2.4 Future developments

Method development

Research on nonlinear optimal scaling methods (1a) will continue with the investigation and development of techniques for the representation of multivariate categorical and qualitative data, focusing on visual exploration, classification, and prediction. In particular, research will continue on resampling methods to study stability, permutation methods to study inference, and regularization methods to improve both prediction accuracy and efficiency in large (both wide and long) data sets. Moreover, in co-operation with Heiser (Department of Psychology, Leiden University), Meulman has signed a contract with Springer-Verlag to write a book on the current status of nonlinear optimal scaling methods, including multidimensional scaling and unfolding.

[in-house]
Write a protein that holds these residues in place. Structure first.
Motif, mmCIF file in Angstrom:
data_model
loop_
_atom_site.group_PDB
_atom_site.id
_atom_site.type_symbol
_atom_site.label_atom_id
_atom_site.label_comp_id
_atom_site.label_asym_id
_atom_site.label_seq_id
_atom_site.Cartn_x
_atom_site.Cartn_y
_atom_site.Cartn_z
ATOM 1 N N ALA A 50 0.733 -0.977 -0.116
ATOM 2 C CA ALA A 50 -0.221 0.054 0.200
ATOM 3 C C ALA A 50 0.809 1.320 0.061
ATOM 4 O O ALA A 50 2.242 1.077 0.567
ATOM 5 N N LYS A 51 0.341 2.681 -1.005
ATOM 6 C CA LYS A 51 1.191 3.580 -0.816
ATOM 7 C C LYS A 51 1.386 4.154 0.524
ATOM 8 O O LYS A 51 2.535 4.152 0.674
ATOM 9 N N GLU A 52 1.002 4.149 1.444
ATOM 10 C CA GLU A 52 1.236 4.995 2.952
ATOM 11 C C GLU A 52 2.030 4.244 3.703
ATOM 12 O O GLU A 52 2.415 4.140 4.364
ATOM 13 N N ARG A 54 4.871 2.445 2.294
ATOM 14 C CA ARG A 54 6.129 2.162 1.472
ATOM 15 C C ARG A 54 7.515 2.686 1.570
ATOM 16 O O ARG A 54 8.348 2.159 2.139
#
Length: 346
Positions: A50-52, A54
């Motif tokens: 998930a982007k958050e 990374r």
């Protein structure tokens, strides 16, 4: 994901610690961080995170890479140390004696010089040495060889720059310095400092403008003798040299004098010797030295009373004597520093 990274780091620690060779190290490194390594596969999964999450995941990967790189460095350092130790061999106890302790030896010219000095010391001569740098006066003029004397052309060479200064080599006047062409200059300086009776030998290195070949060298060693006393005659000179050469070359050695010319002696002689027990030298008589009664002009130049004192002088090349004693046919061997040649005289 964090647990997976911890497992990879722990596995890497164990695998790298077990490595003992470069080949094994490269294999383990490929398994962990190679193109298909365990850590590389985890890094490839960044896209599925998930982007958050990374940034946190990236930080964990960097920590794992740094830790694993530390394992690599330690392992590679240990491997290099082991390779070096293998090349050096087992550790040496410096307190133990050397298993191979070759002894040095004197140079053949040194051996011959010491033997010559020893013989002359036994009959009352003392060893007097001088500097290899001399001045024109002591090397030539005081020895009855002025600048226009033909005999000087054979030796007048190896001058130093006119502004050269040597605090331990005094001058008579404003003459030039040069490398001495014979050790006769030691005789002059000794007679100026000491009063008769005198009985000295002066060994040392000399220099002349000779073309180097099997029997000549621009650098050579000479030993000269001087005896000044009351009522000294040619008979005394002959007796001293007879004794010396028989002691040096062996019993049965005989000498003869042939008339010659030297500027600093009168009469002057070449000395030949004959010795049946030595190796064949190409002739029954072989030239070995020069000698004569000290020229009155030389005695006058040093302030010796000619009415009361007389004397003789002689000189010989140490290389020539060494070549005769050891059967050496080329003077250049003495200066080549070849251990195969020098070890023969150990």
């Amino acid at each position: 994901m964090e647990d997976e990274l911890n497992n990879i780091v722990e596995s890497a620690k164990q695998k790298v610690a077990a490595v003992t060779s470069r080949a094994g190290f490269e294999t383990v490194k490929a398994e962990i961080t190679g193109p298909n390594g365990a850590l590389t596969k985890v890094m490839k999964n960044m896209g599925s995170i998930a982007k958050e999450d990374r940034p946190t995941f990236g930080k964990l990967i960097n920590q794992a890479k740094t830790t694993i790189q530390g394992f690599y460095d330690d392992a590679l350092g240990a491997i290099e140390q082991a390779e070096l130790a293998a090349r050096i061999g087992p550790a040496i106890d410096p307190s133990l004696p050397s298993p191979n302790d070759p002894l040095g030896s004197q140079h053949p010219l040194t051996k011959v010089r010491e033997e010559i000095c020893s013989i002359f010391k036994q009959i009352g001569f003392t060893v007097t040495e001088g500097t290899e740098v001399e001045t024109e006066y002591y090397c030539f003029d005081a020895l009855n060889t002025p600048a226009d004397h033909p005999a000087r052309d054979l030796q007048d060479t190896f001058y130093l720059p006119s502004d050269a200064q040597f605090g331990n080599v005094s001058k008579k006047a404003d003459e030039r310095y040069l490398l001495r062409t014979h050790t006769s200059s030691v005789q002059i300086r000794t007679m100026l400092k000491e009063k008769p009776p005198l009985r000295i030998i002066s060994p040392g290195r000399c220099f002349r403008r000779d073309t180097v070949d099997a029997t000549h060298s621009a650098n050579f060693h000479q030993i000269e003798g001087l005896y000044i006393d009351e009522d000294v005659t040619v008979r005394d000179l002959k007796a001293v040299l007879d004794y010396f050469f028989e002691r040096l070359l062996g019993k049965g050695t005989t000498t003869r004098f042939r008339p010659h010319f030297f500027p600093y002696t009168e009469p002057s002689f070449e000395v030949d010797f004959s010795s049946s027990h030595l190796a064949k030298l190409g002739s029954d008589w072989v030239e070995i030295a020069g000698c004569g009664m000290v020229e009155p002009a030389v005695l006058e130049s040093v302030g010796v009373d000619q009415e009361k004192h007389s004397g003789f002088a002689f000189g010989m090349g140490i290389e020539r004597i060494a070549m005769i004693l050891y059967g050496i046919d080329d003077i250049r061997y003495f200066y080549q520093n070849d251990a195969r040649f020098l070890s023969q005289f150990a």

Ongoing research on the methodology of three-way multivariate methods (1b) is and will be focused on the development of methods for three-way analysis of longitudinal data, analysis of variance models, and the inclusion of optimal scaling in three-way models. Furthermore, the experience gained over the years in the practice of three-mode analysis is at present being collected in a book in statu nascendi. The intention is to distribute the developed software in conjunction with this book. An ongoing project involves testing three-way methods with respect to their applicability in educational, social sciences, and other disciplines. Long-term plans exist to evaluate the role robust procedures can play in three-way analysis, but such research is still in the planning stage.